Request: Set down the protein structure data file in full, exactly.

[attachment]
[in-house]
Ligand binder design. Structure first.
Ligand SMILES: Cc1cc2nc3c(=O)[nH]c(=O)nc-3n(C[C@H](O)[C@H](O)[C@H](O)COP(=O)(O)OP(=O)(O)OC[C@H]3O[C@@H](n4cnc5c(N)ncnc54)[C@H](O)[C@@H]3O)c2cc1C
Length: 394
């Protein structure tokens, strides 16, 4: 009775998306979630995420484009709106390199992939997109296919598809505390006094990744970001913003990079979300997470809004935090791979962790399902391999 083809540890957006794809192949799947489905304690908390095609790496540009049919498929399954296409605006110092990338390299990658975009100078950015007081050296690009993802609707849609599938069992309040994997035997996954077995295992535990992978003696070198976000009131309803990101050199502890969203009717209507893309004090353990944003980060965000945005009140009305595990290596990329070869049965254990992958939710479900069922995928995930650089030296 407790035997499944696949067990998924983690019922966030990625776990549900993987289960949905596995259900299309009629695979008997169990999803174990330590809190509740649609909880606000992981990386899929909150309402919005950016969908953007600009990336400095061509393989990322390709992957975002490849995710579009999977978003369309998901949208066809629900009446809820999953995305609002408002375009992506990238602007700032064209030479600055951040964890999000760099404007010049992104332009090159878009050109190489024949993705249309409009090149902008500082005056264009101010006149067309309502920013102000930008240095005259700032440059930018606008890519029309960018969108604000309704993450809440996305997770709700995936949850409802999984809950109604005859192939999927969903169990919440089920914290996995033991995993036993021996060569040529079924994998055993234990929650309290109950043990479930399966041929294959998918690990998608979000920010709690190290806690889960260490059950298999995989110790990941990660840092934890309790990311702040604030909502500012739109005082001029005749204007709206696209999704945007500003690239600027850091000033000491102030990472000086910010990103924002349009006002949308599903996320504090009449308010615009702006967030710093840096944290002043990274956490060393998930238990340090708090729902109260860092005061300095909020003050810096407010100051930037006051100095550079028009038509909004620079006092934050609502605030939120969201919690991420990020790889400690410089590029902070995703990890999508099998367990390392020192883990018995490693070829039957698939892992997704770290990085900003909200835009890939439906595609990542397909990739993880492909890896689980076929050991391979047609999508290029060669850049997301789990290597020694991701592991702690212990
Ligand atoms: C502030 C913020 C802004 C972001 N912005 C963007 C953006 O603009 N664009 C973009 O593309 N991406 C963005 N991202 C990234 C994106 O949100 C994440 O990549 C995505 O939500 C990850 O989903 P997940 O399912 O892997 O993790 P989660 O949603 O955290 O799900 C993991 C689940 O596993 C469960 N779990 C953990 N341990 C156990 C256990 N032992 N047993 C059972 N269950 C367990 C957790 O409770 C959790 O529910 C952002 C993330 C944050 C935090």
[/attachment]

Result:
[in-house]
Ligand binder design. Structure first.
Ligand SMILES: Cc1cc2nc3c(=O)[nH]c(=O)nc-3n(C[C@H](O)[C@H](O)[C@H](O)COP(=O)(O)OP(=O)(O)OC[C@H]3O[C@@H](n4cnc5c(N)ncnc54)[C@H](O)[C@@H]3O)c2cc1C
Length: 394
């Protein structure tokens, strides 16, 4: 009775998306979630995420484009709106390199992939997109296919598809505390006094990744970001913003990079979300997470809004935090791979962790399902391999 083809540890957006794809192949799947489905304690908390095609790496540009049919498929399954296409605006110092990338390299990658975009100078950015007081050296690009993802609707849609599938069992309040994997035997996954077995295992535990992978003696070198976000009131309803990101050199502890969203009717209507893309004090353990944003980060965000945005009140009305595990290596990329070869049965254990992958939710479900069922995928995930650089030296 407790035997499944696949067990998924983690019922966030990625776990549900993987289960949905596995259900299309009629695979008997169990999803174990330590809190509740649609909880606000992981990386899929909150309402919005950016969908953007600009990336400095061509393989990322390709992957975002490849995710579009999977978003369309998901949208066809629900009446809820999953995305609002408002375009992506990238602007700032064209030479600055951040964890999000760099404007010049992104332009090159878009050109190489024949993705249309409009090149902008500082005056264009101010006149067309309502920013102000930008240095005259700032440059930018606008890519029309960018969108604000309704993450809440996305997770709700995936949850409802999984809950109604005859192939999927969903169990919440089920914290996995033991995993036993021996060569040529079924994998055993234990929650309290109950043990479930399966041929294959998918690990998608979000920010709690190290806690889960260490059950298999995989110790990941990660840092934890309790990311702040604030909502500012739109005082001029005749204007709206696209999704945007500003690239600027850091000033000491102030990472000086910010990103924002349009006002949308599903996320504090009449308010615009702006967030710093840096944290002043990274956490060393998930238990340090708090729902109260860092005061300095909020003050810096407010100051930037006051100095550079028009038509909004620079006092934050609502605030939120969201919690991420990020790889400690410089590029902070995703990890999508099998367990390392020192883990018995490693070829039957698939892992997704770290990085900003909200835009890939439906595609990542397909990739993880492909890896689980076929050991391979047609999508290029060669850049997301789990290597020694991701592991702690212990
Ligand atoms: C502030 C913020 C802004 C972001 N912005 C963007 C953006 O603009 N664009 C973009 O593309 N991406 C963005 N991202 C990234 C994106 O949100 C994440 O990549 C995505 O939500 C990850 O989903 P997940 O399912 O892997 O993790 P989660 O949603 O955290 O799900 C993991 C689940 O596993 C469960 N779990 C953990 N341990 C156990 C256990 N032992 N047993 C059972 N269950 C367990 C957790 O409770 C959790 O529910 C952002 C993330 C944050 C935090």